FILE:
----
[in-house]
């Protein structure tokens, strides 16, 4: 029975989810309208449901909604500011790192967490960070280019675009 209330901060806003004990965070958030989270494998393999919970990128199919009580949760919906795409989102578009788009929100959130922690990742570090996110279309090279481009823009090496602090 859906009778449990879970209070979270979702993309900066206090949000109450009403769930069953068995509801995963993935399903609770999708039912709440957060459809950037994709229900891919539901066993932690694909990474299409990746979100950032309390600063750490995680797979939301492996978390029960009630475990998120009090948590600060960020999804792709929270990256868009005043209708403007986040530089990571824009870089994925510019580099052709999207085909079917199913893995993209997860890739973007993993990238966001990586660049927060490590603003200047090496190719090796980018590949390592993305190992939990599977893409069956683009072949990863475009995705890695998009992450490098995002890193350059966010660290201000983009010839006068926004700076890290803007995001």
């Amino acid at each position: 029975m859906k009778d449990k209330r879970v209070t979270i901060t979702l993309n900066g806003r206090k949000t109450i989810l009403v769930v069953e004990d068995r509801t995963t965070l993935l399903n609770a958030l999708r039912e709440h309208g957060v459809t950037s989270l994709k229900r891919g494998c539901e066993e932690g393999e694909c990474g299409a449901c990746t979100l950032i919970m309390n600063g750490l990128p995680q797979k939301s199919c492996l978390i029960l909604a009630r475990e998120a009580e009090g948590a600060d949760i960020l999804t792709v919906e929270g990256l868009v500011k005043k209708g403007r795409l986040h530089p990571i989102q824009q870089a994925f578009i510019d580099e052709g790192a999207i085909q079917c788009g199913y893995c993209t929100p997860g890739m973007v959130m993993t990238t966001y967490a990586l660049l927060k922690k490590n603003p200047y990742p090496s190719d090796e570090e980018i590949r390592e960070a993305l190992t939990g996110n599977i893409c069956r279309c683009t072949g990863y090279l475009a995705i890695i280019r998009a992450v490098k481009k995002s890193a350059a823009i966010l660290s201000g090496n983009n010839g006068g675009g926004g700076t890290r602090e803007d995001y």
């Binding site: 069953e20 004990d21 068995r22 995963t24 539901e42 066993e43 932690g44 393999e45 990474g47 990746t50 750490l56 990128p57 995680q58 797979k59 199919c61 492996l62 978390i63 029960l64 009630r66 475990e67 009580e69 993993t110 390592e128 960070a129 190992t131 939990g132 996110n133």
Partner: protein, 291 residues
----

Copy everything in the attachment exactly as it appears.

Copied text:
[in-house]
């Protein structure tokens, strides 16, 4: 029975989810309208449901909604500011790192967490960070280019675009 209330901060806003004990965070958030989270494998393999919970990128199919009580949760919906795409989102578009788009929100959130922690990742570090996110279309090279481009823009090496602090 859906009778449990879970209070979270979702993309900066206090949000109450009403769930069953068995509801995963993935399903609770999708039912709440957060459809950037994709229900891919539901066993932690694909990474299409990746979100950032309390600063750490995680797979939301492996978390029960009630475990998120009090948590600060960020999804792709929270990256868009005043209708403007986040530089990571824009870089994925510019580099052709999207085909079917199913893995993209997860890739973007993993990238966001990586660049927060490590603003200047090496190719090796980018590949390592993305190992939990599977893409069956683009072949990863475009995705890695998009992450490098995002890193350059966010660290201000983009010839006068926004700076890290803007995001």
């Amino acid at each position: 029975m859906k009778d449990k209330r879970v209070t979270i901060t979702l993309n900066g806003r206090k949000t109450i989810l009403v769930v069953e004990d068995r509801t995963t965070l993935l399903n609770a958030l999708r039912e709440h309208g957060v459809t950037s989270l994709k229900r891919g494998c539901e066993e932690g393999e694909c990474g299409a449901c990746t979100l950032i919970m309390n600063g750490l990128p995680q797979k939301s199919c492996l978390i029960l909604a009630r475990e998120a009580e009090g948590a600060d949760i960020l999804t792709v919906e929270g990256l868009v500011k005043k209708g403007r795409l986040h530089p990571i989102q824009q870089a994925f578009i510019d580099e052709g790192a999207i085909q079917c788009g199913y893995c993209t929100p997860g890739m973007v959130m993993t990238t966001y967490a990586l660049l927060k922690k490590n603003p200047y990742p090496s190719d090796e570090e980018i590949r390592e960070a993305l190992t939990g996110n599977i893409c069956r279309c683009t072949g990863y090279l475009a995705i890695i280019r998009a992450v490098k481009k995002s890193a350059a823009i966010l660290s201000g090496n983009n010839g006068g675009g926004g700076t890290r602090e803007d995001y």
């Binding site: 069953e20 004990d21 068995r22 995963t24 539901e42 066993e43 932690g44 393999e45 990474g47 990746t50 750490l56 990128p57 995680q58 797979k59 199919c61 492996l62 978390i63 029960l64 009630r66 475990e67 009580e69 993993t110 390592e128 960070a129 190992t131 939990g132 996110n133």
Partner: protein, 291 residues